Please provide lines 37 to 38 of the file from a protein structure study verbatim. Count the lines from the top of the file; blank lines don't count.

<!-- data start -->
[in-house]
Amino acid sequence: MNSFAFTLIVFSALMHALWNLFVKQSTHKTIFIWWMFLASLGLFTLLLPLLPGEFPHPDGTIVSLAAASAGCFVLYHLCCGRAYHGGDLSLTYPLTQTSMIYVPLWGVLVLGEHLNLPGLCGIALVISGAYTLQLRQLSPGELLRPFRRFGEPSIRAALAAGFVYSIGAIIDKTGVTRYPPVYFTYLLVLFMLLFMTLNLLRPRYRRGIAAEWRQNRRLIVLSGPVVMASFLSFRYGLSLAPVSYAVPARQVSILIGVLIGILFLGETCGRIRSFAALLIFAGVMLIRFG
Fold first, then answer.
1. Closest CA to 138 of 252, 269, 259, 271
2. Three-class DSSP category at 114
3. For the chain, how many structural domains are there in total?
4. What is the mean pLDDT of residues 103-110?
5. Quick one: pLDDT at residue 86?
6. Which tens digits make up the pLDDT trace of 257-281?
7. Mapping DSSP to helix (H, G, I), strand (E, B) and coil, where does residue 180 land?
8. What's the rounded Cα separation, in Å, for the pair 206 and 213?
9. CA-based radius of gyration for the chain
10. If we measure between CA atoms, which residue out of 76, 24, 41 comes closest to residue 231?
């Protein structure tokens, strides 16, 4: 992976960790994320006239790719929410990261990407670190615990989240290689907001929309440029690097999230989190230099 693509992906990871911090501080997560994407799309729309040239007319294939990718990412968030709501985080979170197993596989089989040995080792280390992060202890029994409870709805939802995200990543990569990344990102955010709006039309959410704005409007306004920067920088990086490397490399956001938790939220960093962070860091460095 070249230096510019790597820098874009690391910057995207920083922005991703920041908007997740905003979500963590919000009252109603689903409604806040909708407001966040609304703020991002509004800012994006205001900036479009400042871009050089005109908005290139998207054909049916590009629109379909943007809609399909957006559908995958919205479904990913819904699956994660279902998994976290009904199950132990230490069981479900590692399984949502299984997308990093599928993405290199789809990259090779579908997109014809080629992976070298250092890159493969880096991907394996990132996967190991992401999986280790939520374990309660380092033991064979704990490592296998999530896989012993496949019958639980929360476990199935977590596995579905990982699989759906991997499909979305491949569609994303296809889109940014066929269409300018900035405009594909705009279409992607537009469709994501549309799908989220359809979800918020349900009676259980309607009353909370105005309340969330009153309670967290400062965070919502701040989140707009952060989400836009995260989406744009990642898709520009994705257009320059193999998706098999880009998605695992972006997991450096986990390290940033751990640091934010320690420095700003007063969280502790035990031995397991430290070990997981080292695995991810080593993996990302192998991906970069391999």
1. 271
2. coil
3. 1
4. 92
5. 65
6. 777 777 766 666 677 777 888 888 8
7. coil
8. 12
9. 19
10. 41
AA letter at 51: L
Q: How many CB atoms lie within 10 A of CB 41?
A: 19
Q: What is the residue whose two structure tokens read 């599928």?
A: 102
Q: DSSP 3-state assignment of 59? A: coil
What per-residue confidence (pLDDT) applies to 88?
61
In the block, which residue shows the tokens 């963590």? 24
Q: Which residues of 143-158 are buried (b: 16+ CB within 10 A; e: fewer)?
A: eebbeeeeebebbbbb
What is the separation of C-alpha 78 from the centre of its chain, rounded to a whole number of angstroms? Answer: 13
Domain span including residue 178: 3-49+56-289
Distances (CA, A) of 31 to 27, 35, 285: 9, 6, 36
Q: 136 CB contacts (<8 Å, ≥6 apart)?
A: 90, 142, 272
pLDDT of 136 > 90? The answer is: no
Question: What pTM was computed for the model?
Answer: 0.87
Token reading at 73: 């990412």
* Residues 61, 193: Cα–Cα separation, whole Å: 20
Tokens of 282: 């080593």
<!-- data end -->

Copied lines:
Domain span including residue 178: 3-49+56-289
Distances (CA, A) of 31 to 27, 35, 285: 9, 6, 36